Immune Response and Western Blotting
Literature selected by Kathleen M. Dickson
and presented Oct. 9, 1999 for comment at the Lyme-L
Infect Immun 1994 Jun 62:6 2625-7
Tick transmission of Borrelia burgdorferi to inbred strains of mice induces
an antibody response to P39 but not to outer surface protein A
[published erratum appears in Infect Immun 1995 Mar;63(3):1146]
Golde WT, Kappel KJ, Dequesne G, Feron C, Plainchamp D, Capiau C, Lobet
Natural tick transmission of infection by Borrelia burgdorferi induces
a very different serum antibody response than needle inoculation of spirochetes.
We present data, obtained by using the mouse model, that show that the
OspA response was barely detectable, whereas all animals developed significant
anti-P39 titers after exposure to B. burgdorferi-infected ticks.
Infect Immun 1995 Dec 63:12 4795-801
Variation in antigenicity and infectivity of derivatives of Borrelia burgdorferi,
strain B31, maintained in the natural, zoonotic cycle compared with maintenance
Golde WT, Dolan MC
The original isolate of Borrelia burgdorferi, strain B31, can be maintained
in vitro indefinitely. A number of studies have demonstrated that there
are recognizable changes in the genetic composition of the spirochete after
more than 60 passages. We have maintained B31 in the natural zoonotic cycle
of transmission of infection between laboratory mice and laboratory-reared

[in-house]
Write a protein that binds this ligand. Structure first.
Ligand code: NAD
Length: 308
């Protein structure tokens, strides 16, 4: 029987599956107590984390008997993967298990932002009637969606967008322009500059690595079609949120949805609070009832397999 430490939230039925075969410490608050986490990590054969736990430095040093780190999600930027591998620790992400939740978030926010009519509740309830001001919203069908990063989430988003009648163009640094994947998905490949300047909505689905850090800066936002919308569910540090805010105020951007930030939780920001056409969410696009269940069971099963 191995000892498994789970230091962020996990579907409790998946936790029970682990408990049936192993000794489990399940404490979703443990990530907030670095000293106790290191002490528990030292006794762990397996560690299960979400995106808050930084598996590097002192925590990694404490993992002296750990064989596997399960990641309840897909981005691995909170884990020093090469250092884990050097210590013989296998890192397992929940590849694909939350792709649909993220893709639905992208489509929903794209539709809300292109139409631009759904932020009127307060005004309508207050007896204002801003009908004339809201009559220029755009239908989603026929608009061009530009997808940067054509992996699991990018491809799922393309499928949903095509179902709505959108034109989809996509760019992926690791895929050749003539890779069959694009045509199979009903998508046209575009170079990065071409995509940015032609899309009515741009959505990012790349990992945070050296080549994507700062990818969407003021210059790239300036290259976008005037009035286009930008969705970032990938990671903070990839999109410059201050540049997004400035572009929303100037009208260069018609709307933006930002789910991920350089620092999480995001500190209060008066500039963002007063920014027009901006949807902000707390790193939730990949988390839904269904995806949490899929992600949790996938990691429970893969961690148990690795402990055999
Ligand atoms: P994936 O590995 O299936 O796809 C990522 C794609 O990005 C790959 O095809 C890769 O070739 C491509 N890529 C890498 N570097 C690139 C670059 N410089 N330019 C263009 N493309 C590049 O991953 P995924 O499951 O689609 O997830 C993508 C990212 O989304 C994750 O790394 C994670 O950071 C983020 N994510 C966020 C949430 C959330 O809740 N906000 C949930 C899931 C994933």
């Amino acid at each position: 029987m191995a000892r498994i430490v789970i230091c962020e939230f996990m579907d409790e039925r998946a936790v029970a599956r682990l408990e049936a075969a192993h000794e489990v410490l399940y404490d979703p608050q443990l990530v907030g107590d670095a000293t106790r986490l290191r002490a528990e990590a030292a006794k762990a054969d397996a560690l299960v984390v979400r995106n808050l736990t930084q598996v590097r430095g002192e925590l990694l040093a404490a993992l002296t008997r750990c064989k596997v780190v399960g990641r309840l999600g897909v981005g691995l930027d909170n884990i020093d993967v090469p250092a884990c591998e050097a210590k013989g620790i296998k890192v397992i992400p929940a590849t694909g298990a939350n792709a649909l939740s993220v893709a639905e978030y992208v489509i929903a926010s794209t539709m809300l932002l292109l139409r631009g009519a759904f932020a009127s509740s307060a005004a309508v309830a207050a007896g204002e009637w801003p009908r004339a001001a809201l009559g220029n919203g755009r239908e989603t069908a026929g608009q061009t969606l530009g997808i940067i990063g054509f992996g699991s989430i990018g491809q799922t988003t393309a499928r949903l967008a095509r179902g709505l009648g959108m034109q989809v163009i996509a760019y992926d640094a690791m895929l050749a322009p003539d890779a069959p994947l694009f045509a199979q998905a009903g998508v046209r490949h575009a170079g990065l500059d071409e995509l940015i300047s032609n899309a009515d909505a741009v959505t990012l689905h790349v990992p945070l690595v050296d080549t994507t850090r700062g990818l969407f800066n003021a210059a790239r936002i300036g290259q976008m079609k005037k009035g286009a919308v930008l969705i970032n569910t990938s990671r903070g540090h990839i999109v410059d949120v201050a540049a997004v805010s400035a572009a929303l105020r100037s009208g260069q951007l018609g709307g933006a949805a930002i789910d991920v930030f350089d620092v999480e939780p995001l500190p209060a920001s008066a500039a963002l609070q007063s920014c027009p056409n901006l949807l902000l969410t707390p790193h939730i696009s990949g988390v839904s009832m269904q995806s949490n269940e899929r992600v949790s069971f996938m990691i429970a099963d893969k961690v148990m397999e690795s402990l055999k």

To determine whether similar changes occur in the natural transmission
cycle, we reisolated strain B31 from mouse skin at the 5. zoonotic
cycle. This reisolated derivative
Analysis of antigen expression with monoclonal antibodies generated
against B31, however, showed differential expression of a subset of antigens
between B31 and the isolated derivative.
had the same infectivity as the parent B31 strain,
had lost the 8-kb supercoiled plasmid present in B31, and
induced a gross serum antibody response indistinguishable from the B31
J Exp Med 1993 Jan 1 177:1 9-17
The major histocompatibility complex-restricted response of recombinant
inbred strains of mice to natural tick transmission of Borrelia burgdorferi.
Golde WT, Burkot TR, Sviat S, Keen MG, Mayer LW, Johnson BJ, Piesman J
The causative agent of Lyme disease, Borrelia burgdorferi, is transmitted
by ticks of the Ixodes ricinus complex.
In this study, we report the antibody response of recombinant inbred
strains of mice of the H-2b, H-2d, and H-2k
haplotypes, infected with B. burgdorferi as a result of exposure to infected
The patterns of antibody response assayed by Western blot analysis indicate
significant major histocompatibility complex (MHC) restriction to bacterial
antigens within the first 2 mo of infection in mice (i.e. during this period
only certain haplotypes have contributed to the immune response, J.
Other bacterial antigens induce a significant response across the MHC haplotypes
A third group of bacterial antigens appear to generate a MHC-nonrestricted
response, and this lack of restriction is maintained when assaying the
crossreactivity of the response with other strains of B. burgdorferi. These
proteins may provide more accurate diagnostic probes than those currently
when assayed on the same bacterial strain used to transmit the infection
(homologous strains, J.
but do not crossreact with the same proteins derived from heterologous
strains of B. burgdorferi.
No response to OSPA was detected at any time during the 60-d period we
analyzed this infection.
Finally, there appears to be a significant difference in the expression
of most bacterial antigens when the spirochete is cultured for many
passages since the same strain of bacterium isolated from low-passage and
high-passage preparations exhibit different banding patterns in Western
blots when assayed with the same sera. The same is true for patient infections.
Version: March 11, 2000.
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